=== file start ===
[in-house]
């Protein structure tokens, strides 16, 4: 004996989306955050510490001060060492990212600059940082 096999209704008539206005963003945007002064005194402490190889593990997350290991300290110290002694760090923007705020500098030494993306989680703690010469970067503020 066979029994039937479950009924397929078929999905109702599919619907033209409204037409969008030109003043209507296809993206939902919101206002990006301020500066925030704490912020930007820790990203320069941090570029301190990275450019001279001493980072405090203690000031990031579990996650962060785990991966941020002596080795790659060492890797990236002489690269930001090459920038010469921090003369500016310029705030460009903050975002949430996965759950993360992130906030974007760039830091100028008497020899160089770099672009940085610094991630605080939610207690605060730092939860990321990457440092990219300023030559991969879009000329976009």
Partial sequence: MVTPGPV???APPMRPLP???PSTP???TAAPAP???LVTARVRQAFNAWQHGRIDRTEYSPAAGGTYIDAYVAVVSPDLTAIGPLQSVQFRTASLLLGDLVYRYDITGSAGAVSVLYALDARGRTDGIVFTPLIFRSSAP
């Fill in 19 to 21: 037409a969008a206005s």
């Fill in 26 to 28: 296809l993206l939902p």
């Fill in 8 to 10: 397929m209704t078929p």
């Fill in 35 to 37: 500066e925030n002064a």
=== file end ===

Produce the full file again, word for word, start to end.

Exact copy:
[in-house]
């Protein structure tokens, strides 16, 4: 004996989306955050510490001060060492990212600059940082 096999209704008539206005963003945007002064005194402490190889593990997350290991300290110290002694760090923007705020500098030494993306989680703690010469970067503020 066979029994039937479950009924397929078929999905109702599919619907033209409204037409969008030109003043209507296809993206939902919101206002990006301020500066925030704490912020930007820790990203320069941090570029301190990275450019001279001493980072405090203690000031990031579990996650962060785990991966941020002596080795790659060492890797990236002489690269930001090459920038010469921090003369500016310029705030460009903050975002949430996965759950993360992130906030974007760039830091100028008497020899160089770099672009940085610094991630605080939610207690605060730092939860990321990457440092990219300023030559991969879009000329976009």
Partial sequence: MVTPGPV???APPMRPLP???PSTP???TAAPAP???LVTARVRQAFNAWQHGRIDRTEYSPAAGGTYIDAYVAVVSPDLTAIGPLQSVQFRTASLLLGDLVYRYDITGSAGAVSVLYALDARGRTDGIVFTPLIFRSSAP
């Fill in 19 to 21: 037409a969008a206005s």
């Fill in 26 to 28: 296809l993206l939902p």
């Fill in 8 to 10: 397929m209704t078929p």
């Fill in 35 to 37: 500066e925030n002064a």